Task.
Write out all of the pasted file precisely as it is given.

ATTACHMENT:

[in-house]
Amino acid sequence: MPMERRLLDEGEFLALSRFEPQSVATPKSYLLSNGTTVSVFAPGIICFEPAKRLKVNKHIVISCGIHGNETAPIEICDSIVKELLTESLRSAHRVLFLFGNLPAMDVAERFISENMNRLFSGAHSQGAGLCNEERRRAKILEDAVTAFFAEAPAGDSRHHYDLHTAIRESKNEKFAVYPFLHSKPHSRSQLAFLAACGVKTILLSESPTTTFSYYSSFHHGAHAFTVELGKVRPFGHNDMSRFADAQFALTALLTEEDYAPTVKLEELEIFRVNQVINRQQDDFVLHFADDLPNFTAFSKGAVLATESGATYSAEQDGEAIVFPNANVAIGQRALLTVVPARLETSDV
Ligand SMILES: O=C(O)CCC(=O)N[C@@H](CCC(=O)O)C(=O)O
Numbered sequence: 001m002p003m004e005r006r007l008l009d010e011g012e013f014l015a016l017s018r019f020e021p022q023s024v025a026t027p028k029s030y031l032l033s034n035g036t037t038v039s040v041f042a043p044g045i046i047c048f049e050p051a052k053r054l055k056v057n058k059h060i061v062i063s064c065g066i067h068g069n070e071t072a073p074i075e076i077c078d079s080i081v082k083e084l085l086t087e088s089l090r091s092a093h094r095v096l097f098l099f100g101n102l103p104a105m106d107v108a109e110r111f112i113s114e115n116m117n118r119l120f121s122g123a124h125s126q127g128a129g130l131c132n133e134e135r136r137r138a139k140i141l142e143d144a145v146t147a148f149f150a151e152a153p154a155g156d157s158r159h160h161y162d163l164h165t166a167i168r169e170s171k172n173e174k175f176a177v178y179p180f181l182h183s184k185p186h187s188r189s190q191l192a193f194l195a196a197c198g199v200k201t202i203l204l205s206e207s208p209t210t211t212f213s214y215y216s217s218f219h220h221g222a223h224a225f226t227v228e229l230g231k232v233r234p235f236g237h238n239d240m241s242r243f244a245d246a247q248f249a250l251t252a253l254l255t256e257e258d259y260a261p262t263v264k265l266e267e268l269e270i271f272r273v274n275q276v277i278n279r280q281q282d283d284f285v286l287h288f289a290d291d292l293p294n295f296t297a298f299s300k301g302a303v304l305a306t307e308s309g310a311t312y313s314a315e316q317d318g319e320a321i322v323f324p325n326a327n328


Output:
[in-house]
Amino acid sequence: MPMERRLLDEGEFLALSRFEPQSVATPKSYLLSNGTTVSVFAPGIICFEPAKRLKVNKHIVISCGIHGNETAPIEICDSIVKELLTESLRSAHRVLFLFGNLPAMDVAERFISENMNRLFSGAHSQGAGLCNEERRRAKILEDAVTAFFAEAPAGDSRHHYDLHTAIRESKNEKFAVYPFLHSKPHSRSQLAFLAACGVKTILLSESPTTTFSYYSSFHHGAHAFTVELGKVRPFGHNDMSRFADAQFALTALLTEEDYAPTVKLEELEIFRVNQVINRQQDDFVLHFADDLPNFTAFSKGAVLATESGATYSAEQDGEAIVFPNANVAIGQRALLTVVPARLETSDV
Ligand SMILES: O=C(O)CCC(=O)N[C@@H](CCC(=O)O)C(=O)O
Numbered sequence: 001m002p003m004e005r006r007l008l009d010e011g012e013f014l015a016l017s018r019f020e021p022q023s024v025a026t027p028k029s030y031l032l033s034n035g036t037t038v039s040v041f042a043p044g045i046i047c048f049e050p051a052k053r054l055k056v057n058k059h060i061v062i063s064c065g066i067h068g069n070e071t072a073p074i075e076i077c078d079s080i081v082k083e084l085l086t087e088s089l090r091s092a093h094r095v096l097f098l099f100g101n102l103p104a105m106d107v108a109e110r111f112i113s114e115n116m117n118r119l120f121s122g123a124h125s126q127g128a129g130l131c132n133e134e135r136r137r138a139k140i141l142e143d144a145v146t147a148f149f150a151e152a153p154a155g156d157s158r159h160h161y162d163l164h165t166a167i168r169e170s171k172n173e174k175f176a177v178y179p180f181l182h183s184k185p186h187s188r189s190q191l192a193f194l195a196a197c198g199v200k201t202i203l204l205s206e207s208p209t210t211t212f213s214y215y216s217s218f219h220h221g222a223h224a225f226t227v228e229l230g231k232v233r234p235f236g237h238n239d240m241s242r243f244a245d246a247q248f249a250l251t252a253l254l255t256e257e258d259y260a261p262t263v264k265l266e267e268l269e270i271f272r273v274n275q276v277i278n279r280q281q282d283d284f285v286l287h288f289a290d291d292l293p294n295f296t297a298f299s300k301g302a303v304l305a306t307e308s309g310a311t312y313s314a315e316q317d318g319e320a321i322v323f324p325n326a327n328